From a more pessimistic perspective, however, the drop in inventories could meant that the persistent slide in business fixed investment is finally coming home to roost. This view is not supported by the industrial production numbers, however, since overall output was higher during the Q2 months relative to the Q1 months, as I noted in my latest U.S. economic snapshot.
The BEA made some mistakes?
The previous reading was revised to a much lower 0.8% to reflect a much harder slump in gross private domestic investment (-3.3% vs. -1.8% originally), but that’s not all.
Officials from the Bureau of Economic Analysis (BEA), the government agency that’s responsible for compiling the GDP report, had some press time yesterday. And one of them told reporters that the BEA “did find some evidence of residual seasonality both over the most recent 10-year period and over a 30-year period.”
In simple English, the BEA official is saying that there was a problem with the way the BEA’s seasonal adjustment calculations. For those who don’t know, the GDP numbers are adjusted for seasonality in order to better see the underlying trend.
Anyhow, this flaw in the seasonal adjustments is the reason why the BEA said that it will start releasing seasonally-unadjusted GDP data by 2018. The aforementioned flaw is also the reason why we got this:
Look at all them revisions, yo! And that’s just the 3-year data that’s available in the GDP report. And there’s probably much more since the BEA did say earlier that they found these flawed calculations “over the most recent 10-year period and over a 30-year period.”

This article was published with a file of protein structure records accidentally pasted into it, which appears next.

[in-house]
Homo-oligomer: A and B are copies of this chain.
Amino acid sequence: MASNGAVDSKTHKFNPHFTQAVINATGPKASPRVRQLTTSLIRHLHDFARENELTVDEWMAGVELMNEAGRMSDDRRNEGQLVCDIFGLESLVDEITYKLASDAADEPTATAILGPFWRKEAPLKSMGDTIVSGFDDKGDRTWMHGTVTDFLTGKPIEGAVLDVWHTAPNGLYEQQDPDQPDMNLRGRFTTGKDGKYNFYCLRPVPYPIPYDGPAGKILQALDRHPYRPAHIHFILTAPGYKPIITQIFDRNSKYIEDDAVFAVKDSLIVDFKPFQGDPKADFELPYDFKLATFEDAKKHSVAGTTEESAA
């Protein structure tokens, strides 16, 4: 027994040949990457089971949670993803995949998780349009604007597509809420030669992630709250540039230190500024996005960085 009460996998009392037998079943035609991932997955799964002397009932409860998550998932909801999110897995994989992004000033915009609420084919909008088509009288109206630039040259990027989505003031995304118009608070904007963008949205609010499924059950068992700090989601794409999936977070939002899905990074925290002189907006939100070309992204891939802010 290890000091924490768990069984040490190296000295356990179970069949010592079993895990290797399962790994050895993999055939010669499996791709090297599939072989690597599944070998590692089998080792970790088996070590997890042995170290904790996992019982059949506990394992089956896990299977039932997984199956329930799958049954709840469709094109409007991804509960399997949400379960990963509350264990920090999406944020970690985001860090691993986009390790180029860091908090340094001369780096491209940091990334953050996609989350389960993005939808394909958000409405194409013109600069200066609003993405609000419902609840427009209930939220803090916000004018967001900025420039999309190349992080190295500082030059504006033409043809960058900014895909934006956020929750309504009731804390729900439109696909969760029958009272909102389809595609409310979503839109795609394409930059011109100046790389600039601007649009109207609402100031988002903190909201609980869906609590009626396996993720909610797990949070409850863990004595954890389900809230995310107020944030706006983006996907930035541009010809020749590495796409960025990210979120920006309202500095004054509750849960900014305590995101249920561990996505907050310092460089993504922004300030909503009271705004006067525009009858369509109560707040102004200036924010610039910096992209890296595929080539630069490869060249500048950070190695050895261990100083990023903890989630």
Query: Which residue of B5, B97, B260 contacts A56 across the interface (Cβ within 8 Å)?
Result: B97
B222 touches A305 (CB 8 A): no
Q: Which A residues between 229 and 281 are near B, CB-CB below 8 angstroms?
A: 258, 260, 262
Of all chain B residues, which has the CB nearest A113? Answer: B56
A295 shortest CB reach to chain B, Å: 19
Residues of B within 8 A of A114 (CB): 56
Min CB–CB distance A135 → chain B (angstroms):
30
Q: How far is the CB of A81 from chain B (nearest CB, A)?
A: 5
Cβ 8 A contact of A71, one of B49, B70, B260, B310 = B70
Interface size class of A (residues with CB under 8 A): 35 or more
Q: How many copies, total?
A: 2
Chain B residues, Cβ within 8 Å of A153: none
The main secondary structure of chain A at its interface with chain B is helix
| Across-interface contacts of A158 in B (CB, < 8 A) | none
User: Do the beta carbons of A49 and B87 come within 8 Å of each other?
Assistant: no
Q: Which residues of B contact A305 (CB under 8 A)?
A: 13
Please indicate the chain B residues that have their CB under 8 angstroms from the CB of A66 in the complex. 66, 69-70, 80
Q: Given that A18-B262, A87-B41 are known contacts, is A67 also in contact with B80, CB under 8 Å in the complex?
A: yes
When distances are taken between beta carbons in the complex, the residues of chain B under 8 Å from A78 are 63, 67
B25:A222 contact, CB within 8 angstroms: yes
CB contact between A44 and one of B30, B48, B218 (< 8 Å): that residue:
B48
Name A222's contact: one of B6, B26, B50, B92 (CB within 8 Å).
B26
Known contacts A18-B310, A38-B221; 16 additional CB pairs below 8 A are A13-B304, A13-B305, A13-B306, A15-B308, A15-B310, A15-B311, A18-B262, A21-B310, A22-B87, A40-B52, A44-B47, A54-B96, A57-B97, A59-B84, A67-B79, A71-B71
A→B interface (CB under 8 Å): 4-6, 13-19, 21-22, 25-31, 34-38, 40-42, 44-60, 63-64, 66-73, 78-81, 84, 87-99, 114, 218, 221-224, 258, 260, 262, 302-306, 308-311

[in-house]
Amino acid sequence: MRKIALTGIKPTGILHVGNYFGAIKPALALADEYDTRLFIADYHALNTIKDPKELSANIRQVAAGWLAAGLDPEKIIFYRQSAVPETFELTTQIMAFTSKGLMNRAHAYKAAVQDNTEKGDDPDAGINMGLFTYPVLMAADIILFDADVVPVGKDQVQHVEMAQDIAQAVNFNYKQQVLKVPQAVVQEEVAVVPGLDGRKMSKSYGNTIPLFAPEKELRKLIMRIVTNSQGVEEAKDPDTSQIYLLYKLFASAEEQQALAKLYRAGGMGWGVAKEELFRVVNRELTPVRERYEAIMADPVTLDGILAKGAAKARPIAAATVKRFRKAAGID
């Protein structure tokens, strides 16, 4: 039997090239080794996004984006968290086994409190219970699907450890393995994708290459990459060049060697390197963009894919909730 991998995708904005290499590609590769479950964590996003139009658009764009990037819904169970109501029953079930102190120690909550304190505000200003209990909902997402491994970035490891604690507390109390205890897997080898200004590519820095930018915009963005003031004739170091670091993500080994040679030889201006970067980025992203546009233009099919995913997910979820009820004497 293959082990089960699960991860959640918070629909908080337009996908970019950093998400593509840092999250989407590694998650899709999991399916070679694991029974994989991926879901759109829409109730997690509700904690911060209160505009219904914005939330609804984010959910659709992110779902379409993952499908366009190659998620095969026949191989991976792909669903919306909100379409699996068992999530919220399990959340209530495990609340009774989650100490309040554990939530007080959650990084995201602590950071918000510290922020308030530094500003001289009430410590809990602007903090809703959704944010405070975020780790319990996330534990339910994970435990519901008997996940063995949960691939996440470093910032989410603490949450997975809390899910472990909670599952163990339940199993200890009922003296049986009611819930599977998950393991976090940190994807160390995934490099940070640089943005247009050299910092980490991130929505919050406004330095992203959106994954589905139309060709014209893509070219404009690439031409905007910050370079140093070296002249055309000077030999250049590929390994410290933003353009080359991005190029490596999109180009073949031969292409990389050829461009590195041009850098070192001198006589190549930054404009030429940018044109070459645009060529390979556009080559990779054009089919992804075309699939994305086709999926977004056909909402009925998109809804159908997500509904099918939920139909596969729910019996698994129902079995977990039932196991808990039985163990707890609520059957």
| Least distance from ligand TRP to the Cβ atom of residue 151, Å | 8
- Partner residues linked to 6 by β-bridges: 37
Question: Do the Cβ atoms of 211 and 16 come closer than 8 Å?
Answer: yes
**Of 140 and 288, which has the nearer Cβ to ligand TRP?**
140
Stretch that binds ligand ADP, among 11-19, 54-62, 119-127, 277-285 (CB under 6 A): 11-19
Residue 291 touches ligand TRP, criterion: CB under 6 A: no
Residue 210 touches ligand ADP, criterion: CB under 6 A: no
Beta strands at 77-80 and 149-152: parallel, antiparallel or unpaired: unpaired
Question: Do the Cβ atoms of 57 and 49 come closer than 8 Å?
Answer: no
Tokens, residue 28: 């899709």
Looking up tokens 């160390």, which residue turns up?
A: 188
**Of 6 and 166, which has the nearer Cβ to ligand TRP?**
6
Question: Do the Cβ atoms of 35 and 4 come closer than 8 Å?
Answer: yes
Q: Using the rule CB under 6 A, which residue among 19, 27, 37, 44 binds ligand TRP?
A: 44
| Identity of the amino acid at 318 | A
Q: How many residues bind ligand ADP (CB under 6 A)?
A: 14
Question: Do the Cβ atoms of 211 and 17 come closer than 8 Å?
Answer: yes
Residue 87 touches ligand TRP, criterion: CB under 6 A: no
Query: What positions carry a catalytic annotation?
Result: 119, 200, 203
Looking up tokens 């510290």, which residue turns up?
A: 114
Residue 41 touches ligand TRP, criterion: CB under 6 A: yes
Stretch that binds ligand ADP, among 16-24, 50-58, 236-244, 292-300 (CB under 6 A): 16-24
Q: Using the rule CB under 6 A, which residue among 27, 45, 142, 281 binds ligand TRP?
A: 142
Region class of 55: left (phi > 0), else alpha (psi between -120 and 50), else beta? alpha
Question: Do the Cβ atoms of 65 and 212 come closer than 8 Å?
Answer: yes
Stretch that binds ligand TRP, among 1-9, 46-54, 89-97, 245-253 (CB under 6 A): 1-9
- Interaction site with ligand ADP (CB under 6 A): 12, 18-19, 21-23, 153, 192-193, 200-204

What’s really interesting here is that the Fed decided to hike rates back in December when Q4 2015 GDP only grew by 0.9%. And I’m just guessing here, so don’t quote me, but the Fed was probably aware of the revisions, as well as the likelihood that GDP grew at a pace below consensus. It certainly explains why the Fed decided to present a very neutral tone on monetary policy during the most recent FOMC statement, despite delivering lots of other hawkish remarks.
And as I said earlier, I warned in my write-up for the FOMC statement that there were “No upbeat remarks on the expected rebound in Q2 GDP growth, so do be careful if you’re planning to trade this Friday’s advanced Q2 GDP estimate.” In hindsight, other forex traders probably had the same observation and some may have acted on that observation by dumping the Greenback as a preemptive move.
What the market thinks
Okay, it’s time to survey the damage. As I noted in my write-up for the July FOMC statement, the CME Group’s FedWatch tool “showed that the market has priced-in an 18% probability for a September rate hike, down from 19.5% the day before the FOMC statement.”
In the aftermath of the disappointing GDP reading, however, it dropped to just 12.0%, as you can see below.
That’s not the end of it, though. Looking at the probability of a 25 bps rate hike by July 2017, the market thinks that there’s only a 34.7% probability of a rate hike and there’s even a 1.1% probability of a rate cut. Before the GDP report came out, the market had priced-in a 40.3% probability of a rate hike and no chance for a rate cut.
What the market thinks is not equivalent to what Fed officials will do, however. Although Fed officials do seem to keep an eye on what the market thinks. One example is when “some members expressed concern that the likelihood implied by market pricing that the Committee would increase the target range for the federal funds rate at the June meeting might be unduly low,” as revealed by the minutes of the April FOMC meeting.
I know I already asked this question in my write-up for the July FOMC statement, but I’ll ask it again anyway, given the turn of events. So, did the GDP report make you reconsider your own rate hike expectations? Are you still expecting a rate hike within the year? If you are, how many rate hikes do you think there will be, given that there are only three FOMC meetings left? Share your thoughts by answering the poll below!